Why did Fairfax cut Michael Pascoe? Fairfax hasn’t explained the reasons for cutting long-running business columnist Michael Pascoe from its roster of contributors. Yesterday, a spokesperson told Crikey the cut was a “one-off editorial decision based on a number of factors”, despite newly appointed group executive editor James Chessell telling Pascoe in an email it was down to budget reasons.

In the email, seen by Crikey, Chessell said the decision was made “in the midst of preparing budgets for next financial year”. “There is a renewed focus on cutting costs from contributors and keeping costs (in general) down,” Chessell wrote, saying there had been some “tough choices” made. He did not give any further reasons for cutting Pascoe’s column.

Today, Fairfax had no further comment.

Americans tune in to Stormy Daniels. Sex sells on mainstream US free-to-air TV. American viewers loved Stormy Daniels on 60 Minutes — and Americans are going to get more of her after she and her lawyer made major changes to legal action against President Donald Trump.

According to Nielsen ratings data, the Stormy Daniels interview on Sunday night was watched by 21.3 million viewers — a 10-year high. That was up 111% from last week and was its most-watched episode since the interview with Barack and Michelle Obama in November 2008, shortly after he was elected president which attracted 24.5 million people. And, annoyingly for Trump, it was also considerably more than his own post-election appearance in 2016, which averaged 18.8 million viewers. 

Incidentally, none of these interviews came anywhere near the 48.5 million who watched when Barbara Walters interviewed Monica Lewinsky on ABC’s 20/20 program in March 1999 about her affair with President Bill Clinton. An estimated 70 million people watched at least six minutes of that two-hour interview program. — Glenn Dyer

The Sun’s “honest mistake”. British tabloid newspaper The Sun has retracted and apologised for a breakdown of savings it said British shoppers would get once the UK left the European Union and no longer was subject to EU tariffs.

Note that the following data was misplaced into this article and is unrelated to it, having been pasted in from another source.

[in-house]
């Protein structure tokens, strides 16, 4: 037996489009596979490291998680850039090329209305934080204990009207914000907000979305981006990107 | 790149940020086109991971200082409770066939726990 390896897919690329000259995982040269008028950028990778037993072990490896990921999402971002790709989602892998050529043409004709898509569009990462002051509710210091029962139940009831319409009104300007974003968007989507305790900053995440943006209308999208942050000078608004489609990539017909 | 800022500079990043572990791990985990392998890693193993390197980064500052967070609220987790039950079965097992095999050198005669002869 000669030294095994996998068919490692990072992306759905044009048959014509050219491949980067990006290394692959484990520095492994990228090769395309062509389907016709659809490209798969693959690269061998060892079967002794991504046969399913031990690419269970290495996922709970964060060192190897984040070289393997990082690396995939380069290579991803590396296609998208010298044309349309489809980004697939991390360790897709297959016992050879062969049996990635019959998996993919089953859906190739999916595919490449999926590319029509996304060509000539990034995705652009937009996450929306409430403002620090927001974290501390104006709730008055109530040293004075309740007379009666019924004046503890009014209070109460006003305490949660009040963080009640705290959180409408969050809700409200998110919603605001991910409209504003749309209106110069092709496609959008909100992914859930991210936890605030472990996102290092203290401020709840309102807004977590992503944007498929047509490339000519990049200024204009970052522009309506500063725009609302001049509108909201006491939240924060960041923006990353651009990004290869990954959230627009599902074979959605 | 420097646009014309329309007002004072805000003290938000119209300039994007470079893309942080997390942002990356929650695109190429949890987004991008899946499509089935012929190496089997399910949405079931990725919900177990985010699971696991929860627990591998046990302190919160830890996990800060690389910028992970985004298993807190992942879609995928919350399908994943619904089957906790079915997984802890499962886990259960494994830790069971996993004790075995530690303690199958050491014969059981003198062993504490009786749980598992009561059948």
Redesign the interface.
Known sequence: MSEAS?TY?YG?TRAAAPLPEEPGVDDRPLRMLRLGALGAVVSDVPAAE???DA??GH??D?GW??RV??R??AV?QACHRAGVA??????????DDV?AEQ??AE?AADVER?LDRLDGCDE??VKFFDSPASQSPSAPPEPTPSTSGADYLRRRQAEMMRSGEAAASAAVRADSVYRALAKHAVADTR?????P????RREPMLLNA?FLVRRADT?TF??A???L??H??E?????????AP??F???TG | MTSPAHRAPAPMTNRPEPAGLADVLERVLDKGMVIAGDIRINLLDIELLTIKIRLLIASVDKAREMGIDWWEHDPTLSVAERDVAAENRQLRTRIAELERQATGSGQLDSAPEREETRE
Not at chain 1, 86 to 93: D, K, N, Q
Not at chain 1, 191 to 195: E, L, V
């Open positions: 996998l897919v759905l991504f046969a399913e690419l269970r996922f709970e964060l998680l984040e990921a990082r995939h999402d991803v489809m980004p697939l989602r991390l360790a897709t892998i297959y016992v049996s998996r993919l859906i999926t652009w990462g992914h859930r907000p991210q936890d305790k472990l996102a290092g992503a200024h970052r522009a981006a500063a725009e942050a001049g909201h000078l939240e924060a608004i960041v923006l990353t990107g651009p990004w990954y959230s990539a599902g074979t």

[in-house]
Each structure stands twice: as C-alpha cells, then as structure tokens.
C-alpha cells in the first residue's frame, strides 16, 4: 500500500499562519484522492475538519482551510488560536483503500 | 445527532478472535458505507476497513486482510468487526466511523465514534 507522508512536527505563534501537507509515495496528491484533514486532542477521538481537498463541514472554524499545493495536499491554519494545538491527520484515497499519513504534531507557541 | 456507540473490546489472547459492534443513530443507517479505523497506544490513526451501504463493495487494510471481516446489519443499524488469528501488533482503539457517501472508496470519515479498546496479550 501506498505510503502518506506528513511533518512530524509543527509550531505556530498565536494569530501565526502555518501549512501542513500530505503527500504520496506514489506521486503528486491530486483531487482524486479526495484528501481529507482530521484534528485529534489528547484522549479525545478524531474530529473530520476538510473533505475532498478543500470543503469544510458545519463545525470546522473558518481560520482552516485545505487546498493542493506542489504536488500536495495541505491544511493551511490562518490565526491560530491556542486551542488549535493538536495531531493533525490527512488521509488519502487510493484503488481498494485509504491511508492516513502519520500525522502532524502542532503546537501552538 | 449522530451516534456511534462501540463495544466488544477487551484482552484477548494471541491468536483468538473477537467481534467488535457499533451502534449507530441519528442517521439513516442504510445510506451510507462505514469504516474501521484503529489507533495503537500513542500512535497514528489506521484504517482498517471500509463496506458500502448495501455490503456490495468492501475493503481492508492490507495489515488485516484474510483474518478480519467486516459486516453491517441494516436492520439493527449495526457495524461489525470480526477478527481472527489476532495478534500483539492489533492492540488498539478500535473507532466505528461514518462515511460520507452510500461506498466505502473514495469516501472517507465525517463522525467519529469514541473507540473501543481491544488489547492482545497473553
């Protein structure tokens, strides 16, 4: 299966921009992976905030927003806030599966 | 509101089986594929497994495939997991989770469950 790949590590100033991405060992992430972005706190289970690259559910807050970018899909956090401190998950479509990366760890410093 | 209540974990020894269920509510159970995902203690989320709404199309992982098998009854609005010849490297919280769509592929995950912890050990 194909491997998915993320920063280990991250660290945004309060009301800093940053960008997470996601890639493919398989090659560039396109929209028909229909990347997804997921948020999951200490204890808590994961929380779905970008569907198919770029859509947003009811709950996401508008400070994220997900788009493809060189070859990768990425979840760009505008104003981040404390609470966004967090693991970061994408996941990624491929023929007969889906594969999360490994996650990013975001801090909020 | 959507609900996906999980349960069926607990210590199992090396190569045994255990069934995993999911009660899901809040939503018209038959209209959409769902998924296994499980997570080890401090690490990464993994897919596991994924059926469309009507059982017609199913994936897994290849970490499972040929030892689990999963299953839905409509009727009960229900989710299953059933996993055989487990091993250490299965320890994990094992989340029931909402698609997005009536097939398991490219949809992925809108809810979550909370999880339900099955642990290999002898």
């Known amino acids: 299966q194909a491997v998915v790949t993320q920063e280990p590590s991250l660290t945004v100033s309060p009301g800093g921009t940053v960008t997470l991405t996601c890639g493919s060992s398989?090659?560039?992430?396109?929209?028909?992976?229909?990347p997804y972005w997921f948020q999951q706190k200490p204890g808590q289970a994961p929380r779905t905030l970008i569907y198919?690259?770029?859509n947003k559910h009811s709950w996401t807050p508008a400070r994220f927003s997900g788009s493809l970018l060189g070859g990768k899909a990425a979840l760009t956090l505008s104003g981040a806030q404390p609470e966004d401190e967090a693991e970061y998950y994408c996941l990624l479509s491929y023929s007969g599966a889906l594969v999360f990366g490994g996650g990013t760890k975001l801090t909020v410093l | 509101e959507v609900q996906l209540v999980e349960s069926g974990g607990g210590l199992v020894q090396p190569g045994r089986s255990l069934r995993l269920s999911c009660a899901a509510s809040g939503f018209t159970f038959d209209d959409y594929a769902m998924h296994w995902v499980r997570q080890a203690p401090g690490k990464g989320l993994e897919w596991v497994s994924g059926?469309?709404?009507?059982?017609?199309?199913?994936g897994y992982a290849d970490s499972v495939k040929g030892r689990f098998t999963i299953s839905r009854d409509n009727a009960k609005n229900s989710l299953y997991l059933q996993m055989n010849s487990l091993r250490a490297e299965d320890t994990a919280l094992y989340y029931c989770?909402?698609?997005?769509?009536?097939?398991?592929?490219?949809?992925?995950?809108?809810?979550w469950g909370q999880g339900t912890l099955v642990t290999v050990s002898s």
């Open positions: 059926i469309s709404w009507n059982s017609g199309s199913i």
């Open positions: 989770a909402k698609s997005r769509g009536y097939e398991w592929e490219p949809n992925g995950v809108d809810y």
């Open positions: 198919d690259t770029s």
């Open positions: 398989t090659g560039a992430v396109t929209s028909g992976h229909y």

The list, published in February, was run under the headline, “Here’s some of the high street savings we can make after Brexit if Jeremy Corbyn doesn’t become PM”. Four people complained about it to the UK press regulator for failing the accuracy standard, and an extensive clarification of all the calculations was published as that complaint was being processed.

The Suns calculations were made based on retail prices, but the tariffs are applied when the goods arrive in the UK. There were a number of mistakes in calculations and facts, all set out in a clarification published yesterday. The paper, which has campaigned heavily against Labour leader Jeremy Corbyn and for Brexit, said the errors were all an “honest mistake”.

Nothing to see here. The Australian Financial Review editorialised today about how a “loss of purpose lies behind all our scandals”. On page 5 of this morning’s paper, we got a perfect example of that loss of purpose. There, the paper’s two senior political reporters, Laura Tingle and Phil Coorey jointly reported on how a secret survey from the Business Council “shows tax cuts won’t go to jobs”. It is an explosive report that undermines the BCA call for corporate tax cuts and the Financial Review’s wild-eyed support for the idea.

As we saw this morning that story started: “Fewer than one in five of Australia’s leading chief executives say they will use the Turnbull government’s proposed company tax cut to directly increase wages or employ more staff, according to a secret survey conducted by the Business Council of Australia.”

The BCA has 130 members, so that means around 26 of them would increase pay or boost employment — the rest would either return more funds to shareholders or lift investment. The latter would have been a good outcome, but the split between rewarding shareholders and investment was not broken down. So why relegate this quite significant story to page 5? Well perhaps page 1 prominence might have embarrassed the AFR. After all it was only last week that it trotted out the letter to senators story from the Business Council and 10 (out of 130) of its members. The 10 pledged to reinvest the proceeds of the corporate tax cuts with the ultimate aim of increasing wages. The Tingle-Coorey story throws the sincerity of that claim into considerable doubt.  — Glenn Dyer

TV ratings. A solidly entertaining night, thanks to Nine and the ABC — assisted by The Project running the Stormy Daniels interview from US 60 Minutes. Young Sheldon (1.57 million nationally) on Nine was a more than OK prequel to The Big Bang Theory, and the ABC’s usual Monday night line up of Australian Story (1.07 million), Four Corners (1.07 million nationally) and Media Watch (930,000 nationally) was the strongest it has been for some weeks.  

But then,  the competition — Australian Spartan, 676,000 on Seven and Batchelor in Paradise, 838,000 on Ten — wasn’t great. In fact despite all the hype for Bachelor, the ABC still beat Ten both in total people and overall, and the ABC’s post 7pm programming ran second to Nine’s. Oh, and the ABC’s main channel (16.4%) finished second to Nine’s 20.5% and ahead of Seven’s 15.3%. Ten’s main channel share at least managed to climb above single digits, where it spent much of last week and the week before. 

In regional areas Seven News was tops with 567,000, followed by Young Sheldon with 524,000, then Seven News/Today Tonight with 492,000, The Big Bang Theory was fourth with 440,000 and Home and Away was fifth with 426,000. — Read the rest on the Crikey website

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Peter Fray
Peter Fray
Editor-in-chief of Crikey